Fish Out Of Water
Fish Out Of Water

What draws people to isolate themselves in shanties on a frozen lake in hopes of spearing a massive sturgeon? Julia Kramer goes fishing.

Julia Kramer

What draws people to isolate themselves in shanties on a frozen lake in hopes of spearing a massive sturgeon? Julia Kramer goes fishing


Just to be safe, do not wear a seatbelt. Watch for heaves: ridges of snow indicating that the ice below it has cracked, like the fault line of an earthquake. When you get to a heave, drive alongside it until you find a bridge. In the context of Lake Winnebago in February, a “bridge” is two parallel metal tracks strong enough to support the weight of a pickup, laid down across particularly gaping holes in the ice. And keep the windows rolled down. So you can get out. Just in case the rental car you’re un-seat belted into hits a crack in the ice and plummets into freezing water.

That is the advice given to me—a Chicago-born 30-year-old who has never regular-fished, let alone ice-fished—by the people of Fond du Lac, Wisconsin. And it is the advice that I followed over the course of the three days I spent pondering my mortality on a 215-square-mile lake.

I was here for the opening weekend of the annual sturgeon-spearing season. For generations men and women have hauled homemade plywood-and-sheet metal structures called shanties onto this frozen-over lake, sawed holes into the ice, and held out hope that this will be the year—the year they spear a sturgeon that could weigh upward of 100 pounds. The tradition has little to do with actually eating the fish; it’s a sporting event and a community gathering. In that spirit, the Fond du Lac Area Convention and Visitors Bureau began organizing an accompanying festival in 2016 called the Sturgeon Spectacular. The activities advertised to locals included an ice hockey game, a fat-tire-bike race, a chili crawl, live polka music, a 5K run, Siberian dog–sled rides, and a bonfire.

I expected these festivities to take place on the type of picturesque small town lake we used to go pontooning on at summer camp in Wisconsin. What I encountered, driving in on Highway 41, was a stomach-dropping subarctic landscape: a desolate abyss, with metallic huts scattered on the deserted ice like “Oregon Trail” wagons abandoned after a cholera epidemic.

What, again, was I doing here? It all went back to a night in a dive bar in Milwaukee a few years earlier, when I first heard about the spearing season. I became fascinated by the idea that sturgeon—often prized for their caviar— were not only a delicacy in Russia but also important to a community just over two hours north of where I grew up. So one day I called the visitors’ bureau, spoke with some very nice people, and received the names of a few folks in the area who might be willing to host a visitor to the land of the lake sturgeon.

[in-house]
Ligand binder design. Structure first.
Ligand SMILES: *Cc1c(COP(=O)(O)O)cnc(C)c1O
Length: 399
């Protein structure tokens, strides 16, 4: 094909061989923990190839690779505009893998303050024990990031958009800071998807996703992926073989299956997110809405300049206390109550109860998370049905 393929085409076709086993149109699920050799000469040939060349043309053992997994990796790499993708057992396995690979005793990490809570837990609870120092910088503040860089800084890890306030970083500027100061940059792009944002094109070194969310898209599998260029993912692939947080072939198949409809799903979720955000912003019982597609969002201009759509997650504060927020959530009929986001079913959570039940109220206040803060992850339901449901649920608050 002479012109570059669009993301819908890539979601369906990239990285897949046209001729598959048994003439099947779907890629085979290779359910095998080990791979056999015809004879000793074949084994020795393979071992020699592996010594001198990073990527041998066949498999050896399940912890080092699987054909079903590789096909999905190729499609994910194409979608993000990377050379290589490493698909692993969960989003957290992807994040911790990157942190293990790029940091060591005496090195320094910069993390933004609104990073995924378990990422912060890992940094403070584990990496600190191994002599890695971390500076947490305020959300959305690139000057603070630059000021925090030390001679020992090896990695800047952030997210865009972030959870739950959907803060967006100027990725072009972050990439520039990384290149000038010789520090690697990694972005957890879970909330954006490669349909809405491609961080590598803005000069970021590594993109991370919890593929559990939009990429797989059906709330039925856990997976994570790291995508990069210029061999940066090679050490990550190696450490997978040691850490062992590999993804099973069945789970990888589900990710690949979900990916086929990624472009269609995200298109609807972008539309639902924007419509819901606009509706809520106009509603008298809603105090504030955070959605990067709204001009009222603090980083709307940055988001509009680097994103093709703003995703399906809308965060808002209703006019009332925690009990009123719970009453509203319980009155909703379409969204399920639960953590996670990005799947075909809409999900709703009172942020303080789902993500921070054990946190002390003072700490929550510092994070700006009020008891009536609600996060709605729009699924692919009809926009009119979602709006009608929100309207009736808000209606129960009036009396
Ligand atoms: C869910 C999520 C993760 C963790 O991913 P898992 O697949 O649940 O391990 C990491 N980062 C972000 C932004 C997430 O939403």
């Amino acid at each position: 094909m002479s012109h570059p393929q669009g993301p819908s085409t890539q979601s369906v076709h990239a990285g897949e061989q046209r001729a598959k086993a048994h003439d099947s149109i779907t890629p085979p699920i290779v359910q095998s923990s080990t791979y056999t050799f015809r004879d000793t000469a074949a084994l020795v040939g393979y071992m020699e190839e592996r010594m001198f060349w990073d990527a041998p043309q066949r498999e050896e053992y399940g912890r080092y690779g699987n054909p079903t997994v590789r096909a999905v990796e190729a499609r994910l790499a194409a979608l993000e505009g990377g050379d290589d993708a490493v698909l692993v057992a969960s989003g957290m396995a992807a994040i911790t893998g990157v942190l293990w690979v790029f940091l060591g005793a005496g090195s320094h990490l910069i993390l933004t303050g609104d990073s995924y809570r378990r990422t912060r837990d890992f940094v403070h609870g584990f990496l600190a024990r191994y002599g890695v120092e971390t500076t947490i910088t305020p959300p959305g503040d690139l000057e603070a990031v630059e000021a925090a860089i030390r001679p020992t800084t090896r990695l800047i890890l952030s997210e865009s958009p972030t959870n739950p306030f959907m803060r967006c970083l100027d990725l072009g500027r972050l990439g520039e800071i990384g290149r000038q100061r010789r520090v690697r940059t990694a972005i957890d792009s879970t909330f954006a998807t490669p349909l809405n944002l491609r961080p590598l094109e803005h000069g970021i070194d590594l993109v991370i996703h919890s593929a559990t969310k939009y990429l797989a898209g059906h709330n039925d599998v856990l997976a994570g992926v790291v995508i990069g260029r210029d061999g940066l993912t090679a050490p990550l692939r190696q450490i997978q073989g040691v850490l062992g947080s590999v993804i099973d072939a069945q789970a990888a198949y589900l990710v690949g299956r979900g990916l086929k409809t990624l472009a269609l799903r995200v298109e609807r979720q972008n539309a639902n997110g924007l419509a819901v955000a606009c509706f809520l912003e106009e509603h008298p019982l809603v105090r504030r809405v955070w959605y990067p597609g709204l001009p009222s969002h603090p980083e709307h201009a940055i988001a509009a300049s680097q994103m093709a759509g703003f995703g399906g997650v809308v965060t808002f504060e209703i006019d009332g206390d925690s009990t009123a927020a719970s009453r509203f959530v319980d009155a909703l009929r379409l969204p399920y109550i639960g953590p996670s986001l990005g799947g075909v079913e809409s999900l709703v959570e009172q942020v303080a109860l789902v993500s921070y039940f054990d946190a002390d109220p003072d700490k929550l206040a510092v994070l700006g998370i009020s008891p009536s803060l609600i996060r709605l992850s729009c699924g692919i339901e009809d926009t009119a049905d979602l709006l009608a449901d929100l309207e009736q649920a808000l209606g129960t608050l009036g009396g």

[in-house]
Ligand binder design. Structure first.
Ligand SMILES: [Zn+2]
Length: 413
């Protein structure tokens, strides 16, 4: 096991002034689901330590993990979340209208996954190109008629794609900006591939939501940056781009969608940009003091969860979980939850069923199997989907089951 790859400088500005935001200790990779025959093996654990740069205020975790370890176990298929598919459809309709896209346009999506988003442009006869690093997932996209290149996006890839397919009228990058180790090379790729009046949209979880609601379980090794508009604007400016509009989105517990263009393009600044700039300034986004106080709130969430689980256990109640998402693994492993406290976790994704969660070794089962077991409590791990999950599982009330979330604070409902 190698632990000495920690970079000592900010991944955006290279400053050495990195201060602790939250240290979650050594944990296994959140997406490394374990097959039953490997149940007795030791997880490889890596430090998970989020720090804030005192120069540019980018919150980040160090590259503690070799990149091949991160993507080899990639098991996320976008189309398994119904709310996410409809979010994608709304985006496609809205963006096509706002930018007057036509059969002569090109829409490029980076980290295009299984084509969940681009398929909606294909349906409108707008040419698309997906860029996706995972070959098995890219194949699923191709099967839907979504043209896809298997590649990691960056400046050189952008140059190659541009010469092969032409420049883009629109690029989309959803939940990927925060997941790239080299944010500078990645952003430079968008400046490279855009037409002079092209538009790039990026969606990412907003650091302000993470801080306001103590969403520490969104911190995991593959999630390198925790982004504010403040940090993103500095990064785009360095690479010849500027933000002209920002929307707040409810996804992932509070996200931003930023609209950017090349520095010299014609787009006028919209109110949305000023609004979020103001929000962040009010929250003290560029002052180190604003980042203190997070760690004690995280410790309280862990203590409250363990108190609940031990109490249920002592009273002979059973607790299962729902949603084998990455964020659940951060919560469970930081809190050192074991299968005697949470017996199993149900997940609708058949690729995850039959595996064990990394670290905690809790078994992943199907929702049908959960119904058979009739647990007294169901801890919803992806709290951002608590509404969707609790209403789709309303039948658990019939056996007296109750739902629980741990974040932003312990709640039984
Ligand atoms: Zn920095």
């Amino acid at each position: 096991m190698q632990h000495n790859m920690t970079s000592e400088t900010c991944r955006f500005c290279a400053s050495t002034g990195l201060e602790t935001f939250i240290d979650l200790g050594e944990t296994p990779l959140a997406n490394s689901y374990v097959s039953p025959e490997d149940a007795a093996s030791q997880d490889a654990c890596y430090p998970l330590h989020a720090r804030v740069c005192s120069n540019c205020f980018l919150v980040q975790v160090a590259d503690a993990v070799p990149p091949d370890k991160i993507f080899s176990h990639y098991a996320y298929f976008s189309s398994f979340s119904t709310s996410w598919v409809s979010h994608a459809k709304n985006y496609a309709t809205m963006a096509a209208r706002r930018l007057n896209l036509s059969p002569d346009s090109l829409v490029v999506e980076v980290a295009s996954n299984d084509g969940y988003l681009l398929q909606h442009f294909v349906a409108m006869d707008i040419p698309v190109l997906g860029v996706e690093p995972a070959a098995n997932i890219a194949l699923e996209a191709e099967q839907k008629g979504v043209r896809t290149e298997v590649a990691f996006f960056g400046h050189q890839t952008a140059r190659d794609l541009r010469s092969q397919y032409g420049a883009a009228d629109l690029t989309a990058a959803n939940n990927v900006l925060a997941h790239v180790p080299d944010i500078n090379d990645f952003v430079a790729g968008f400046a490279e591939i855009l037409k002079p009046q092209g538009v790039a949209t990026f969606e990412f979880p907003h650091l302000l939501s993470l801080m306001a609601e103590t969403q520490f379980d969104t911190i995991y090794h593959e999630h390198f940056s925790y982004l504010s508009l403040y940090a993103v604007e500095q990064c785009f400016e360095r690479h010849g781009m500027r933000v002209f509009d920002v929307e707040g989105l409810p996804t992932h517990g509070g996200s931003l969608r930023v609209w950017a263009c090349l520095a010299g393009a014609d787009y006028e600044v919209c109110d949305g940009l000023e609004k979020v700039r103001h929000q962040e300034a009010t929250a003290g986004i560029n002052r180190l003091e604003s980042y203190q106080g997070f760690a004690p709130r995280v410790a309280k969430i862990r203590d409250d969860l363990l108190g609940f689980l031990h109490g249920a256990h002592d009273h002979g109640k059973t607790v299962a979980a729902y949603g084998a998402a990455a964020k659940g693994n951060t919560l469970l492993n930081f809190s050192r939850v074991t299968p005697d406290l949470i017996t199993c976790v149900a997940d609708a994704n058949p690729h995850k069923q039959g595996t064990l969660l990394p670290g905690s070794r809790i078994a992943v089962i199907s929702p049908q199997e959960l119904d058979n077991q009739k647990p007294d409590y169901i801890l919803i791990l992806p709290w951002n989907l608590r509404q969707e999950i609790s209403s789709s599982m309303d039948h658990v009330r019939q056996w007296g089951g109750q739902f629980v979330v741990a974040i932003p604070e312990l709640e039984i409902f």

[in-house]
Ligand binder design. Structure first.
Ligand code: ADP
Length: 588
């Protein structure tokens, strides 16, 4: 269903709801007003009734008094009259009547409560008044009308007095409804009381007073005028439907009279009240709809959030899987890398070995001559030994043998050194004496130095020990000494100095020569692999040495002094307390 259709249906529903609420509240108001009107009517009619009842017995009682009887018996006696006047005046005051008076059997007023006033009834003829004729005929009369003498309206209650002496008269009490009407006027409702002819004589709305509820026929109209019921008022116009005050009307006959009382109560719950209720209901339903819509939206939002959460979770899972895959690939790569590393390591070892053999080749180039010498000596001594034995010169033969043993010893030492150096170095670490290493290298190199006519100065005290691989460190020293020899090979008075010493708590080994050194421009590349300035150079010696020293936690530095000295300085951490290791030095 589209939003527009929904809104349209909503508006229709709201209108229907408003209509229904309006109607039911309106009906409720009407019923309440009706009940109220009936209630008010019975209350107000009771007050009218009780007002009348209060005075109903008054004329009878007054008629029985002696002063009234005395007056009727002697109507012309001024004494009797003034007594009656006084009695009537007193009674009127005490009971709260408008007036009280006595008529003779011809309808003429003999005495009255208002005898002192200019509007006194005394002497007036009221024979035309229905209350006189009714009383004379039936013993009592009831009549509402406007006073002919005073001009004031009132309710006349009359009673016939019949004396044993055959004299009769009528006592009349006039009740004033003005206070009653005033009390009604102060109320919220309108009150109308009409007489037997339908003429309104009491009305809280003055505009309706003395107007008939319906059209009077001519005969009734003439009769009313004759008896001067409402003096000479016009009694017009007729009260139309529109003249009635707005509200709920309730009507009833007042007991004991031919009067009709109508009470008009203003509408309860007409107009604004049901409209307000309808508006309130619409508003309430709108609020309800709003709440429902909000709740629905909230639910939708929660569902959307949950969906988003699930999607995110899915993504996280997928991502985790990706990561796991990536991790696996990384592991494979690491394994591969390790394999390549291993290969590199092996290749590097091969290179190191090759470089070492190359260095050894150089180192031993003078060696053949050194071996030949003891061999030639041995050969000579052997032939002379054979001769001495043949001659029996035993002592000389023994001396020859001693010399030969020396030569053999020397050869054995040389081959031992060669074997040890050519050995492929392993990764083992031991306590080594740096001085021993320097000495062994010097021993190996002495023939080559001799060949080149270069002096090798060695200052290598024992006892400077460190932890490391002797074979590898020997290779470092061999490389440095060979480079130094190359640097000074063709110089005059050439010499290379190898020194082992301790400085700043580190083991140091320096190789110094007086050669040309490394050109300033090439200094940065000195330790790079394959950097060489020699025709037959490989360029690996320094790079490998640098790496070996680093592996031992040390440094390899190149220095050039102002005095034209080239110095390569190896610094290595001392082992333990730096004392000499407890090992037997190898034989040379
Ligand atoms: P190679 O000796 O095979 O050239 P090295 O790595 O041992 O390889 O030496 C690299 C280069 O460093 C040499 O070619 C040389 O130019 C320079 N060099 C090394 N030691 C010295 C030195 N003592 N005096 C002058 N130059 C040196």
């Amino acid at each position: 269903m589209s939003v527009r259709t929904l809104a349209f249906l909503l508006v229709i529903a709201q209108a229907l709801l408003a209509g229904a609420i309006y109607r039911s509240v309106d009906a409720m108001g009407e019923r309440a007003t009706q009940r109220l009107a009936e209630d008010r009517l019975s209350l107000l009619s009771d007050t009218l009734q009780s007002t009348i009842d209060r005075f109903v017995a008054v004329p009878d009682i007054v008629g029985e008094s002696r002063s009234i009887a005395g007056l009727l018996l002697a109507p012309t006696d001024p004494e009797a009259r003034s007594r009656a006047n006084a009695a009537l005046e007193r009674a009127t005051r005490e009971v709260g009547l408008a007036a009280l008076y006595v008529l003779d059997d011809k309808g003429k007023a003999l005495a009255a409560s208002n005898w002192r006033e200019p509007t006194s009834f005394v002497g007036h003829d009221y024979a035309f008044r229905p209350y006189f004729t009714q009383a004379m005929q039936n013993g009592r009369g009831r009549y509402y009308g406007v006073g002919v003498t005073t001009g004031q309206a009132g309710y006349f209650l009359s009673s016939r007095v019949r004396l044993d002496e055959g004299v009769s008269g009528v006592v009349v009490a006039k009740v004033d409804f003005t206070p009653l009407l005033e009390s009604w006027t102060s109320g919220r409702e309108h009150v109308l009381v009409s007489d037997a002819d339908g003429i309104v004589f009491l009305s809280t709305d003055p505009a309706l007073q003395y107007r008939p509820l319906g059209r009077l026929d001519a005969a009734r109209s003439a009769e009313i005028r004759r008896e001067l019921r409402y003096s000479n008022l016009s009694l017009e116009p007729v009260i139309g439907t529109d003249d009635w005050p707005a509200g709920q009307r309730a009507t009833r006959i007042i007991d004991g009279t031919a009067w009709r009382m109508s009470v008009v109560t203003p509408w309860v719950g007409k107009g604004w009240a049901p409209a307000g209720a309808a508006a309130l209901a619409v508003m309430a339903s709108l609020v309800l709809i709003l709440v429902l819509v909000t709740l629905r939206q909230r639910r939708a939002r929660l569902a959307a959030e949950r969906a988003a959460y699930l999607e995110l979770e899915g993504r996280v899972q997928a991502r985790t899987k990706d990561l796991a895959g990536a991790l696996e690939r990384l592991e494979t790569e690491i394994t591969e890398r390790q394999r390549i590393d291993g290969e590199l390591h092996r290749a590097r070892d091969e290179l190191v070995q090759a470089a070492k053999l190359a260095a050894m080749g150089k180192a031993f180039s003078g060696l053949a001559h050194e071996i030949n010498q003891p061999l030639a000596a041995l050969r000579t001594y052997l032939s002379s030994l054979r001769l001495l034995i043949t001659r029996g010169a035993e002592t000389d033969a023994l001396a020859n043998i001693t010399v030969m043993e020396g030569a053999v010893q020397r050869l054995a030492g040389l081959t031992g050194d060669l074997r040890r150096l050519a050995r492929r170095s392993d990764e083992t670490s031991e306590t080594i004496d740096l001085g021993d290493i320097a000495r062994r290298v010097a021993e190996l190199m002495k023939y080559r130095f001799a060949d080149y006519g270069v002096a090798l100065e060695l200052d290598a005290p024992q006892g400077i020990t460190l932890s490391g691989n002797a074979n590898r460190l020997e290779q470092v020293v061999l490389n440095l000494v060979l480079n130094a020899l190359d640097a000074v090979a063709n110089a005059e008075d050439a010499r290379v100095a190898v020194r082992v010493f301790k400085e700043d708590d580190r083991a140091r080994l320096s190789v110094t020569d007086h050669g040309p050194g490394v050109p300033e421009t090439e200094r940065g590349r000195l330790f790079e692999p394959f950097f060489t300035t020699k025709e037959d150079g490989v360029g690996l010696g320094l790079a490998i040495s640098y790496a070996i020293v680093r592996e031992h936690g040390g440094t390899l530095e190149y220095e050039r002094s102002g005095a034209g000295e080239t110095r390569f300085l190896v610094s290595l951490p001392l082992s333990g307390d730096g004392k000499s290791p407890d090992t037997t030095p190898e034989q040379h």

This is how I ended up at the home of landscape designer Paul Muche. He drove me out onto the lake in his GMC pickup, icy air streaming in through the rolled-down windows with the gusto of a million freshly bought A/C units. On my drive up from Milwaukee, I’d pulled off the highway at an REI, swaddling myself in Smartwool socks and intensely warm boots. I thought I was prepared.

Muche parked the truck next to a shanty he was setting up for his 12-year old son and grabbed his chain saw from the back seat. Within five minutes of stepping onto the ice, my fingers went numb, the ink in my pen froze, and I can only imagine what thoughts must have run through Muche’s head when he saw me take out my iPhone and hold it up in the air, recording a video of him for a solid ten seconds before my device promptly shut itself down. I brought out my recorder, hoping it might pick up more than just the howling of the wind. (It didn’t.) There was nothing I could do but watch as Muche wielded a chain saw through 16 inches of ice, carving out a rectangular fishing hole. Sturgeon-spearing season started at dawn the next morning.


Sturgeon in Lake Winnebago cannot be “caught.” The only legal way to obtain one is with a spear: Think six-foot-long, 15-pound, five-pronged pitchfork. The spearhead is attached to a rope, which is essential for pulling up a massive fish fighting for its life.


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March 2017